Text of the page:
When you’re working with a bunch of engineers there’s an appreciation that everyone in the room has gone through much the same mill, regardless of where they’re from. Surprisingly, they’re not in the habit of looking down on people who haven’t, but that’s probably because the vast majority have. It’s one of the reasons why female engineers are accepted rather well by their male counterparts, because they’ve proved themselves to some degree already. No matter who you’re put to work with, you can at least take comfort in the knowledge that they too sat through lectures on subjects they found utterly bewildering and somehow managed to scrape together enough exam marks to graduate. Looking again at my academic transcript, over 4 years I sat 32 engineering exams and did a project, a directed study, and an industrial placement. I know my colleagues of both sexes did much the same, probably even more (they might even have passed Signal Processing, but I doubt it). Yes it’s hard, that’s the whole point. It’s horrible, but it’s the same for everyone: nobody enjoys it. You just suck it up, and that’s what makes you an engineer.

This is why I find the proposal I wrote about last week rather offensive: either do the course and sit the exams like everyone else, or f*ck off. There are no shortcuts.

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58 thoughts on “What Makes an Engineer

  1. Is it that engineering grads have ever been thus, and only really are at home when doing the hard maths for the difficult stuff

    Bardon’s answer is a good one. The engineering degree teaches you the principles on which everything is based, but isn’t much use in a job. Once in a job, the stuff you learn is totally different, but it would be extremely difficult to do so if you didn’t know the underlying principles.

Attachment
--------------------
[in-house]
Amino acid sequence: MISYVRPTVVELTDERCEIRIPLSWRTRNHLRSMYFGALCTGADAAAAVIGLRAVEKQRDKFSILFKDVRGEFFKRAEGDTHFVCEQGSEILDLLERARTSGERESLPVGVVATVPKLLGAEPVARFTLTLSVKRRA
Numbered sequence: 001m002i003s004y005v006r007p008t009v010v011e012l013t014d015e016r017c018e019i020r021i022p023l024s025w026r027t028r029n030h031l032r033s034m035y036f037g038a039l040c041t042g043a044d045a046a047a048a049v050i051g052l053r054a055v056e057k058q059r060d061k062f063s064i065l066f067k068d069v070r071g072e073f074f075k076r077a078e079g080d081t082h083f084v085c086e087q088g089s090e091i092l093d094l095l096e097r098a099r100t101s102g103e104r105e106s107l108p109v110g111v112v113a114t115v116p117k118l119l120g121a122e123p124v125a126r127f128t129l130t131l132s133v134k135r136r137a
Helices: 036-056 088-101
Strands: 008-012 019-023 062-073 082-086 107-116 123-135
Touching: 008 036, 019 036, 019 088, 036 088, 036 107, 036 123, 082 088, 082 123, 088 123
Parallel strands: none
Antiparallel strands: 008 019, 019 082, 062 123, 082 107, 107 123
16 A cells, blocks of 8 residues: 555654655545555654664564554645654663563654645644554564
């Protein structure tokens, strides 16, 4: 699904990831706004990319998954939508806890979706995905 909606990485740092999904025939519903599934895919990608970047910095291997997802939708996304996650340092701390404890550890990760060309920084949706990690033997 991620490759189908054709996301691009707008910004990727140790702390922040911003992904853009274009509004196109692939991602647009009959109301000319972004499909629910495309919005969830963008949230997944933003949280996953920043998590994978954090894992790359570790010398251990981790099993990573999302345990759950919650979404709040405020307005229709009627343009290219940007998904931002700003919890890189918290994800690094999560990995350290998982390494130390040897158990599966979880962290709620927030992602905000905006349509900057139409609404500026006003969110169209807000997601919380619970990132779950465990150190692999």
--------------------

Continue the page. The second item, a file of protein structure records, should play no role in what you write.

For an analogy, consider sport: knowing the rules doesn’t make you a good player, and becoming a good player involves learning all sorts of things the rule book doesn’t mention. But if you want to be a good player you’d better know the rules first.

  2. For an analogy, consider sport: knowing the rules doesn’t make you a good player, and becoming a good player involves learning all sorts of things the rule book doesn’t mention. But if you want to be a good player you’d better know the rules first.

    That.

    Ultimately I’ve not ended up doing engineering proper, but what I do involves describing in text other people’s engineering. Without knowing the “rule book”, as it were, I’d be totally lost in this.

  3. Tim, you’re probably familiar with the Russian term sopromat

    No, I’m not actually!

    It used to be the bugbear of Russian engineering students (decades ago); there was even a saying, “Once you’ve passed your sopromat exam, you can get married.”

    Heh! I’ll run that by a few colleagues. I’m sure the top Russian engineering courses were fiendishly difficult back in the Soviet times. Maybe they still are?

  4. I can’t say I’m keeping an eye on Russian engineering colleges, but the top undergraduate programs in math and computer science are quite good, so they must be difficult at least for some of the students. Actually, most of these kids start learning math in earnest at 13-15, when they get accepted into high schools with a focus on math/CS/physics. Solving problems and coding becomes a habit for them, a way of life. Their biggest risk is early burnout and/or mental illness. Not all of them look and act like nerds, though – some seem to be good at everything from sports to music to languages.

  5. “Then you had matrices.”

    Loud screaming from a distant memory of extreme pain……I did actually find a use for these in composite design, but that very heavy going that I happily outsourced to someone with a love of mathmatics.

  6. BTW, just for reference, I washed out of engineering and became a project manager…..

  7. “When an Engineer meets an Artsy Type:”

    And last thing to add, one of the reasons I’ve enjoyed your blog is that I have almost exactly the same T-Shirt, not quite as extreme example of the ‘artsy type’, she worked hard, but her whole circle were, quite frankly, losers who dressed it up with a mixture of entitlement and dreams of making it big event though they where hitting 40.

    I gained a lot of insight into people going through that.

  8. @David

    “BTW, just for reference, I washed out of engineering and became a project manager…..”

    Good for you, I think that is the natural progression for engineers and the path that the majority follow. I spent my younger career days with many engineers and now at this stage of life they are all in management roles, I can’t think of any colleagues of my era that are still engineers.